Cape's battle of the bungalows heads to court
Challenge to sale of 5ha of prime Clifton land to developer
Tycoons who have spent tens of millions of rands to live in one of South Africa's most exclusive and stunning coastal locations have gone to court in an attempt to turn back a tide of concrete.
The owners of bungalows in Clifton, on Cape Town's Atlantic Seaboard, filed papers this week in the high court challenging a city council decision to sell 5ha of prime coastal land between Clifton and Camps Bay for R1-billion.
Developers plan more than 50 new houses, a hotel and a shopping mall, as well as a 700-bay car park, but the lawsuit, brought by the Bungalow Owners' Association, celebrity divorce and criminal lawyer Billy Gundelfinger and businessmen Mark Willcox and Gavin Varejes, seeks to halt the plan
A 132m² three-bedroom bungalow overlooking Fourth Beach is on the market for R49-million, and last month an unrenovated two-bedroom bungalow owned by the city council was auctioned for R20-million.Billionaire businessman Christo Wiese is one of the residents anxiously awaiting further details of the development planned by a shelf company linked to Ethan Dube's Vunani Capital, which was announced six months ago as the successful bidder for the 5ha parcel.
"We are obviously aware of what is being planned but until the final plans are approved, one does not really know to what extent one will be impacted," said Wiese, whose wealthy neighbours include Spur founder Allen Ambor and Equatorial Guinea's playboy Vice-President Teodoro Nguema Obiang Mangue.
"So we are just watching as this movie plays out. There are certainly rumours and people threatening all kinds of actions but one doesn't really know where it is going to end up.
"We have been living here for 44 years. It is a beautiful spot. These are bungalows, they are not mansions, and people have a very unique lifestyle."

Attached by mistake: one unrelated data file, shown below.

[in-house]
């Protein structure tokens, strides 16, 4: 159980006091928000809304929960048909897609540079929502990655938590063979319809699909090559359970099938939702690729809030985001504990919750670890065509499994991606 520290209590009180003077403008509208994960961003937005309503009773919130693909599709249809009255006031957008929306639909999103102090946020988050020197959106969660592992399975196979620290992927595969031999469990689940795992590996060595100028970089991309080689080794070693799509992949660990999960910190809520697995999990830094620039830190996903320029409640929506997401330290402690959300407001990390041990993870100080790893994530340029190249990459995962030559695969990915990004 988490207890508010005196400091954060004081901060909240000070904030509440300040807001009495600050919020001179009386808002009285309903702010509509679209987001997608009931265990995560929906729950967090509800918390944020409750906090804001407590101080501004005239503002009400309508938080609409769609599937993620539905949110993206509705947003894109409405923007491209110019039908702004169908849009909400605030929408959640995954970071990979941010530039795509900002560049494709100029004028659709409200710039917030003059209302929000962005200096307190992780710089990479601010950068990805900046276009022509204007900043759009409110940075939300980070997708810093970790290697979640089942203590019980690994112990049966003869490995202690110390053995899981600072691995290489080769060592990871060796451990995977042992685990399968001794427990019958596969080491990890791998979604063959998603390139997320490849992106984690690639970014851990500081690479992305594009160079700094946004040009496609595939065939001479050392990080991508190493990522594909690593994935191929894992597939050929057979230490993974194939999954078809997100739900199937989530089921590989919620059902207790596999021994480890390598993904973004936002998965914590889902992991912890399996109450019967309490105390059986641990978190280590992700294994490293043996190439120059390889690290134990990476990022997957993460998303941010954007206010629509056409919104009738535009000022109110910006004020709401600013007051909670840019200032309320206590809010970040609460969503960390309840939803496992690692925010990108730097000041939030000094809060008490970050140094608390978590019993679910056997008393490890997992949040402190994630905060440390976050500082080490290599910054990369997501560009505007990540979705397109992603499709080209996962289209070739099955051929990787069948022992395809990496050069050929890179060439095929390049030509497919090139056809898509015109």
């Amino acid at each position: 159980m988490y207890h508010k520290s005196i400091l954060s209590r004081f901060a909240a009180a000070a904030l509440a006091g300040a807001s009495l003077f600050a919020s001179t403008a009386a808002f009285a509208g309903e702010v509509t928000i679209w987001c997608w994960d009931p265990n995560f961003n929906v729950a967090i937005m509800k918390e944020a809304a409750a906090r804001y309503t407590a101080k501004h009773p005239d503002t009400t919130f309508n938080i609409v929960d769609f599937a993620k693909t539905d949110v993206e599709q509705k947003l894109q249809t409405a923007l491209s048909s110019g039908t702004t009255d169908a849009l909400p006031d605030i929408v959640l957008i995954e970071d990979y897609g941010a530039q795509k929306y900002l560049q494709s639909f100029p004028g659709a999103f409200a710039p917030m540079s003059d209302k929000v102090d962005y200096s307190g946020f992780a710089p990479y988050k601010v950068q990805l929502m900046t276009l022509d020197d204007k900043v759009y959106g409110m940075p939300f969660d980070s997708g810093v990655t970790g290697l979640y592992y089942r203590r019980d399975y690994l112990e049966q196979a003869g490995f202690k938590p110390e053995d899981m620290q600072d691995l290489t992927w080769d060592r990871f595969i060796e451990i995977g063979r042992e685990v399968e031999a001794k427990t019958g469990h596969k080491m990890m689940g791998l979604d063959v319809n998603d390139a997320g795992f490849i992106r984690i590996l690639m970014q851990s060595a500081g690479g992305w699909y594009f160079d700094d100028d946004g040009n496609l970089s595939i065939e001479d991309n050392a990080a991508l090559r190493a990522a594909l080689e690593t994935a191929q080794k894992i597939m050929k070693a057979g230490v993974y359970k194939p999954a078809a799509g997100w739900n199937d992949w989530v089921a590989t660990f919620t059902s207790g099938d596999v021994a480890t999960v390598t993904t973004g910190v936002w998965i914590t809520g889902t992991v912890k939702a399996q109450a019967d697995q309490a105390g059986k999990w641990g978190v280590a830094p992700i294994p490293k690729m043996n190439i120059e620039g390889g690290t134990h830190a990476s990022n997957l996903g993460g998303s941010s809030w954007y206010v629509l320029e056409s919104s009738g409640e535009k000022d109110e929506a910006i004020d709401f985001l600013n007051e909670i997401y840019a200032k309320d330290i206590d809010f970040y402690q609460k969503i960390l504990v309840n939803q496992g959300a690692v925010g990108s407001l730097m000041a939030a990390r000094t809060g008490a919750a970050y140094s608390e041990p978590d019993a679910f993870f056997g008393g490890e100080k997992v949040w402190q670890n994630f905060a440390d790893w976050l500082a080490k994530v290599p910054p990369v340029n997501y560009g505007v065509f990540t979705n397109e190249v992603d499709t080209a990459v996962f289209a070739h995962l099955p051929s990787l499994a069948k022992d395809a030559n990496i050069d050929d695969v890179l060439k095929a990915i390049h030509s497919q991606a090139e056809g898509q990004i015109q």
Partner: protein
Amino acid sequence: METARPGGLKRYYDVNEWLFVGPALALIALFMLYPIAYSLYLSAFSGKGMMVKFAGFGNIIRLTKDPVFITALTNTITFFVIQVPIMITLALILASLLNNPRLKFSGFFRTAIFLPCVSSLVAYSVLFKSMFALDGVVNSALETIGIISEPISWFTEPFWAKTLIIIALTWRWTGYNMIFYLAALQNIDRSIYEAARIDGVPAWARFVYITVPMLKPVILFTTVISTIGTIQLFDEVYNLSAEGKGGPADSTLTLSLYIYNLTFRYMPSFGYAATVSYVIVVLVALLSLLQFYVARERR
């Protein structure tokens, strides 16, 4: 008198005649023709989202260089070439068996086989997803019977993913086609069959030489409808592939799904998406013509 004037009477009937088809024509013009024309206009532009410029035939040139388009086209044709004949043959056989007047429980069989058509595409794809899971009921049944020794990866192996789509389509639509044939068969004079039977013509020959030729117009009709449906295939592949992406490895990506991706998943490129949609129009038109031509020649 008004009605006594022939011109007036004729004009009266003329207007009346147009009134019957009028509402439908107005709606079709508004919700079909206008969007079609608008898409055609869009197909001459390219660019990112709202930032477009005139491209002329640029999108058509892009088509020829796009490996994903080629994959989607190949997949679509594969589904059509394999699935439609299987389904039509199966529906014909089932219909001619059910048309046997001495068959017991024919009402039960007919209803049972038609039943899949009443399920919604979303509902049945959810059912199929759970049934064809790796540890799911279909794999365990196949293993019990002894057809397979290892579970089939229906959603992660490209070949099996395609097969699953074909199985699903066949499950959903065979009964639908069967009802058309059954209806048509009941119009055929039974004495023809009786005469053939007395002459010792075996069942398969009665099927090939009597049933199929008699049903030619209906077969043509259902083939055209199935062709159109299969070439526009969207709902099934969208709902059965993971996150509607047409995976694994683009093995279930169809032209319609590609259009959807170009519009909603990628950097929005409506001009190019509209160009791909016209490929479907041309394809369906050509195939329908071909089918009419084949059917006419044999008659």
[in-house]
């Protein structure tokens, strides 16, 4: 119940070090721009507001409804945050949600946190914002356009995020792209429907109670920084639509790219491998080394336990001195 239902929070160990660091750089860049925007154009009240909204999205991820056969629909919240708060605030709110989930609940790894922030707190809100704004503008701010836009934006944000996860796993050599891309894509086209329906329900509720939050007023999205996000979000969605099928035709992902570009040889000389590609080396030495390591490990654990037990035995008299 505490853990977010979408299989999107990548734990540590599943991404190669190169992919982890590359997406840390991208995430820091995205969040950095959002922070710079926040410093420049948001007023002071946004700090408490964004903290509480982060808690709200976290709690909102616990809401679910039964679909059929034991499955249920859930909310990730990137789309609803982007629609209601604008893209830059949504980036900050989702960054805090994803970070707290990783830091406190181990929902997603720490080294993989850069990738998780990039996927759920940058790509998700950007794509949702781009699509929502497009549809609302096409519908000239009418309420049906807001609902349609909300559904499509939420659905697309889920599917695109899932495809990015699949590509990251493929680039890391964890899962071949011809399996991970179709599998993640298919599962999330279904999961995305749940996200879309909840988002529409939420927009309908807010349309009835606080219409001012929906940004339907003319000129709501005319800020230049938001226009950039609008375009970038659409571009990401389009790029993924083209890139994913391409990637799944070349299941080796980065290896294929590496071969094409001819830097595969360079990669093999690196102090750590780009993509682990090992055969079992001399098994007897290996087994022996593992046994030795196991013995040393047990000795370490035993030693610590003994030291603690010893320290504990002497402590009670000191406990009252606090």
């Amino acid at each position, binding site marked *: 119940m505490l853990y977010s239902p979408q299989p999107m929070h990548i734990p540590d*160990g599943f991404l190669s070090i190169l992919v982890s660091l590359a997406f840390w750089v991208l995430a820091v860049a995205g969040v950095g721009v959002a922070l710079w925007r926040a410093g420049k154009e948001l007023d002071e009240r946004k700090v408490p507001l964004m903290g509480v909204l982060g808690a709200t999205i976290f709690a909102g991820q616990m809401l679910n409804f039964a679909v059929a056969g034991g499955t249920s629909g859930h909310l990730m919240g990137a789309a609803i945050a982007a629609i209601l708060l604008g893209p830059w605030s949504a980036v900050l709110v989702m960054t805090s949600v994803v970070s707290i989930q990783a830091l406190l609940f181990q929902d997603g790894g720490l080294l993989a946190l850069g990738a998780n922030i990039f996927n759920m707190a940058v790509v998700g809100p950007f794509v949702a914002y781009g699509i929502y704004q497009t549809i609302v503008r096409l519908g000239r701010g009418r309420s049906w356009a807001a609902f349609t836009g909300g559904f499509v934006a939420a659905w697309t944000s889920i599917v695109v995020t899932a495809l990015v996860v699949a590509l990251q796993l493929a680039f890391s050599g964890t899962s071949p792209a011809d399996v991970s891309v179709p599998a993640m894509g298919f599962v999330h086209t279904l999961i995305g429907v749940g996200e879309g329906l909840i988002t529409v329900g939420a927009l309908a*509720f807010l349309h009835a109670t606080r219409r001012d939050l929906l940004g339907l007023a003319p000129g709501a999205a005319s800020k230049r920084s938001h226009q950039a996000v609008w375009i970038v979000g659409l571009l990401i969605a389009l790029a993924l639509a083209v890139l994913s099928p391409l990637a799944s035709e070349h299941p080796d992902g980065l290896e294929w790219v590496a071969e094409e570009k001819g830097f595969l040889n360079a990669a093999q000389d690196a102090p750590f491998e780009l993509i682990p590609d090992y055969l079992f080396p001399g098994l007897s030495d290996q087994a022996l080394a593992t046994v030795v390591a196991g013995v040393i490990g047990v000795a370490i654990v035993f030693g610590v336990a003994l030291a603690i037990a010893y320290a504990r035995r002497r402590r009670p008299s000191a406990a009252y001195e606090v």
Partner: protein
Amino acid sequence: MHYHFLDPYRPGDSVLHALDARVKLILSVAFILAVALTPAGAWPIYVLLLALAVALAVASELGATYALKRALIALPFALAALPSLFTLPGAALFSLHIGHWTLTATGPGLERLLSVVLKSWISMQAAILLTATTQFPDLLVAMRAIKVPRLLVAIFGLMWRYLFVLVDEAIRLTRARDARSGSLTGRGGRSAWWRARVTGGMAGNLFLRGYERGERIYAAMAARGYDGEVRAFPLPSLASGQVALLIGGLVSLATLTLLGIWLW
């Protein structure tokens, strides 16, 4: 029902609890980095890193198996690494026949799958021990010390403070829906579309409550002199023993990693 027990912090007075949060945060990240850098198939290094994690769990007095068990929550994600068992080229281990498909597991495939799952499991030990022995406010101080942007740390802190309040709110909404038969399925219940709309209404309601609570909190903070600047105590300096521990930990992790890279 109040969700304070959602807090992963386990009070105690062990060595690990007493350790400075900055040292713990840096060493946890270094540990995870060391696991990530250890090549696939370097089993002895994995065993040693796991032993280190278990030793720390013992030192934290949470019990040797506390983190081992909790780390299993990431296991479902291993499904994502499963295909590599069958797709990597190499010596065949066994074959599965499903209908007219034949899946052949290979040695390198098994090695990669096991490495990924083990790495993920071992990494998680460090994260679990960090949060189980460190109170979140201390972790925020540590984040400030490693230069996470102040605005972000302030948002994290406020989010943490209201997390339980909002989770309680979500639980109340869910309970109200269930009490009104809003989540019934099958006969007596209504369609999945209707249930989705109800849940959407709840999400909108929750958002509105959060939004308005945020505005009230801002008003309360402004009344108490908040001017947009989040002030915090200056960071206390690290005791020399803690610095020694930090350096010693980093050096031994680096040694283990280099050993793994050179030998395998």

Bungalow association chairwoman Nele Vermaak said the main aim of the legal action was to conserve the unique character of the bungalows, the environment and the heritage of the area.
In court papers, she said the city's decision was flawed because it failed to consider the "fair market value" of the land and the fact that most of the affected land was a heritage site.
"The council's January 2015 decision to authorise the public participation process was therefore unlawful," Vermaak's affidavit reads. "The unlawfulness taints the entire public participation process, and therefore taints the decision to sell and lease."
In support of the application, architect and heritage practitioner Stephen Townsend said the area had a "deep and visceral meaning" for the people of Bo-Kaap, District Six, Woodstock and the Cape Flats because Maiden's Cove was one of only two Atlantic Seaboard beaches where coloureds were allowed during apartheid."[The] aesthetic significance is one experienced by and 'owned' by all Capetonians, indeed, by all South Africans," said Townsend. "And its importance is signalled by the daily stop-offs of countless busloads of tourists who pause here during their tours to experience this scenic beauty, this sense of place."
Heritage Western Cape, the South African Heritage Resources Agency and the minister of environmental affairs have been cited as respondents by lawyer Richard Summers, representing the litigants.
City council spokesman Priya Reddy said the city would not comment until the case had been finalised.
Dube said the developers would discuss their response to the legal action with the city council. "However, we are very comfortable that the City of Cape Town has followed all the correct internal processes," he said.
"Since the award of the Clifton tender ... we have been working with our professional team to prepare the necessary package of plans for submission to the City of Cape Town ... at this time we do not see any reason for us not to continue with this work."
In October, Brett Herron, the mayoral committee member for urban development, said the sale would lead to a rejuvenation of the surrounding area, "improve public access to the beach, ocean and recreational facilities, as well as protect the natural vegetation".
Herron said Dube, fellow Vunani director Mark Anderson and property developer Tobie Mynhardt would build 52 detached homes, a boutique hotel or serviced apartment block, offices, shops, flats and a 725-bay underground car park.
Other parts of the Clifton Scenic Reserve would be "developed and managed by the private sector as sustainable assets for future generations" under 50-year leases.
The successful bidders would have to upgrade the Maiden's Cove picnic area into a coastal park, rehabilitate the Clifton Surf Lifesaving Club's buildings, construct two boardwalks, redevelop the Glen Country Club clubhouse and improve other infrastructure in the area.
TAINTED MAIDEN'S COVE MEMORIES
“The memories of Maiden’s Cove are, for most of the people, tinged, even tainted, with the experience of apartheid, its oppressive restrictions and limited opportunity of the most ordinary kind. This is because, although the memories may be deep and rich, Maiden’s Cove was one of only two beaches on the Atlantic coast ‘reserved for coloured bathing’.” — Dr Stephen Townsend, an architect and heritage practitioner